Monday, 23 June 2014

Print Your Sprint Sticky Notes... or Not?

Printed sticky notes in action
I usually use a task board and a burn chart to help track my training courses and to make the progress visible to all attendees. I also let the trainees take turns in updating the task board in my Agile fundamentals course.

Having to repeatedly handwrite sticky notes over and over led me to figuring out a way to print the sticky notes instead of writing them by hand. Later, my training coordinators decided to assume responsibility for printing the stickies along with the other preparations they need to make ahead of each run, giving me even more reasons to like the idea.

With almost every run, many attendees show admiration of the nice looking sticky notes and ask me to share the tools I use. They also look puzzled and disappointed when they feel my reluctance to share the secret. The reasons for my hesitation are not probably easy to digest for those just starting their agile journey! That doesn’t help either.

Why it might not be a good idea to print your iteration sticky note

There is a certain, essential I might claim, quality in having team members define and write their own sticky notes. It encourages participation and does not place an authority on defining tasks. Even inside an iteration, when someone discovers a missed task (which happens more often that you’d like to), there should be no restrictions on defining the new task and making it immediately visible. The more steps needed to prepare a task the more cumbersome it gets. What's worse is when the printing process becomes a filtering process with someone effectively in control of wording, or becomes in a position to question the validity of a task or its estimate. 

So if you ultimately decide to print your sprint sticky notes, because they look cool or because the handwriting of half the team sucks, make sure the process is easy and accessible to all your team members. It might also be a good idea to pre-print a few blank sticky notes with only branding and design elements to hold the task, estimate, actual, remaining, or whatever you need. This will make it easy for the team to write their emerging tasks by hand and have them blend in the batch that was printed after or during iteration planning. 
Finally, if you find that printing adds to the sprint overhead, or causes the team not to immediately go to work after sprint planning because they are waiting for the tasks to be printed, then drop it immediately, its evil! 

How to print those sticky notes anyway?

If all that didn't deter you, here's the technique. It’s not difficult at all. I use an inkjet, and I feel it might not be a good idea to try a laser printer. The later produces a lot more heat while printing, which might cause the sticky notes glue to loosen while they are rotating around the drum. That's definitely not the kind of paper jam I want to risk. 

What you need to do is lay the sticky notes as flat and straight as possible in defined locations on an A4 or letter sized template, then feed that template through the printer and voila, you have printed sticky notes. When feeding the template with the affixed sticky notes through the printer, you must ensure that the adhesive side of the sticky notes goes into the printer before the loose side. If not, you're asking for a paper jam!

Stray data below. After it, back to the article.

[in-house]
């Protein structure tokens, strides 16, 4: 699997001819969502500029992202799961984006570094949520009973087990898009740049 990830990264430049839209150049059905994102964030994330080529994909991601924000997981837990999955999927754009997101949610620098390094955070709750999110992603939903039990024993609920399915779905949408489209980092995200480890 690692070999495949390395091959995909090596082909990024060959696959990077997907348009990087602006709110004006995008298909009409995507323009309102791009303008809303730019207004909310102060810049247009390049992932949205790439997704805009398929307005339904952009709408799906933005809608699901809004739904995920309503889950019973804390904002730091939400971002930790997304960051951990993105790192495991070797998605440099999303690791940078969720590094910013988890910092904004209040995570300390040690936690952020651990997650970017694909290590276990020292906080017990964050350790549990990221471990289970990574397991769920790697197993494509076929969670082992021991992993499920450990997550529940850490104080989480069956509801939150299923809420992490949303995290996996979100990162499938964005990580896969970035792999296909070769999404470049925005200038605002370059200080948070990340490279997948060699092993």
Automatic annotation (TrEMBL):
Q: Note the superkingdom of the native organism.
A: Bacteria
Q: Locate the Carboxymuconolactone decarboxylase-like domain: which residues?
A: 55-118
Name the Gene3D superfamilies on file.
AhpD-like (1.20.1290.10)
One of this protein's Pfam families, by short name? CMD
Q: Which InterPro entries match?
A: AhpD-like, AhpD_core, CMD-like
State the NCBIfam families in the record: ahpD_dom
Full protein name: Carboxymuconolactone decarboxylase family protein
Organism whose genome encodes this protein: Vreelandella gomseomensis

You can download the PowerPoint file I use for this task from here. Feel free to edit it as you deem appropriate. The first slide is my A4 template prepared for, the typical, 75x75 mm sticky notes. The second slide is where I fill in the information I want printed on sticky notes, along with simple design elements and branding. The design in the second slide accommodates for 6 sticky notes of that size. The procedure is very simple:

1- Print as many copies of the template slide (slide 1) as you need for your sticky notes. For instance, if you need to print 60 sticky notes, print 10 copies of the template.

Sticky notes placed on
template and ready for
2- Affix blank sticky notes onto your printed templates, alighn the notes to the printed boxes, making sure the sticky side of the note is closer to the word top printed on top of the template page. This ensures that the sticky side goes through the printer first, as I explained already. Try to keep the sticky notes as straight and flat as possible, this is easily accomplished by trying not to bend the sticky note as you pull it off the stack. 

3- Go back to PowerPoint, duplicate slide 2 as many times as needs, then fill in the details for each sticky notes. You are now ready to print.

4- Put the template with the affixed sticky notes in the printer paper feeder. If you have a separate feeder for heavier paper, use that. Inkjet printers usually print on the bottom side of the page, so you need to place the template with the sticky notes facing down. Check your printer to make sure this is true, otherwise you'll need to place the template with the sticky notes facing upward.

5- Ask your computer to print and hold your breath. You should get your first batch of printed sticky notes in a few seconds. 

Reading through those steps makes the process seems more elaborate than it really is! In fact the technique is simple enough that I later expanded on using it in other areas as well. For instance, I use small sticky notes (51x38mm) for an affinity estimation exercise that shows the effectiveness of relative estimation in my Agile fundamentals courses. The trainees lay down the sticky notes on pre-printed A3 sheet with columns for Fibonacci sequence 1-20 range. I find using sticky notes for this exercise, and others, to ease the visualization and encourage collaboration because sticky notes can be easily moved from one column to another during group discussion.

That's it, the technique, the tools, and the warnings. If you ever find it useful, let me know.